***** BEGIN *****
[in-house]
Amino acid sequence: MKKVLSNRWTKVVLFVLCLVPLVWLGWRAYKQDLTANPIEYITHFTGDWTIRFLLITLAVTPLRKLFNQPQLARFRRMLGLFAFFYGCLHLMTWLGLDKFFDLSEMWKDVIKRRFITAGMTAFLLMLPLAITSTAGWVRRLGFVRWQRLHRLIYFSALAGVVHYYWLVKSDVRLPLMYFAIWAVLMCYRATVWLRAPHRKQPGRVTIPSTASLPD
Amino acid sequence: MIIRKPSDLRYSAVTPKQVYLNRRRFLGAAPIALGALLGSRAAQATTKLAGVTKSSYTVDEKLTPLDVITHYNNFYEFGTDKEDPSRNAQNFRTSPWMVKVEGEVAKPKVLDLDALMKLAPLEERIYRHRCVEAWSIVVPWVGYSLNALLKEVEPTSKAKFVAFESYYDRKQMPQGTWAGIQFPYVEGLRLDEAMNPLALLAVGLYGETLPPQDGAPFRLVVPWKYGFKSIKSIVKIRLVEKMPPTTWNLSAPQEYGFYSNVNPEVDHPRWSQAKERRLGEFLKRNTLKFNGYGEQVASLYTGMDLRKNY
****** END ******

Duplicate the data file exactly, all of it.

[in-house]
Amino acid sequence: MKKVLSNRWTKVVLFVLCLVPLVWLGWRAYKQDLTANPIEYITHFTGDWTIRFLLITLAVTPLRKLFNQPQLARFRRMLGLFAFFYGCLHLMTWLGLDKFFDLSEMWKDVIKRRFITAGMTAFLLMLPLAITSTAGWVRRLGFVRWQRLHRLIYFSALAGVVHYYWLVKSDVRLPLMYFAIWAVLMCYRATVWLRAPHRKQPGRVTIPSTASLPD
Amino acid sequence: MIIRKPSDLRYSAVTPKQVYLNRRRFLGAAPIALGALLGSRAAQATTKLAGVTKSSYTVDEKLTPLDVITHYNNFYEFGTDKEDPSRNAQNFRTSPWMVKVEGEVAKPKVLDLDALMKLAPLEERIYRHRCVEAWSIVVPWVGYSLNALLKEVEPTSKAKFVAFESYYDRKQMPQGTWAGIQFPYVEGLRLDEAMNPLALLAVGLYGETLPPQDGAPFRLVVPWKYGFKSIKSIVKIRLVEKMPPTTWNLSAPQEYGFYSNVNPEVDHPRWSQAKERRLGEFLKRNTLKFNGYGEQVASLYTGMDLRKNY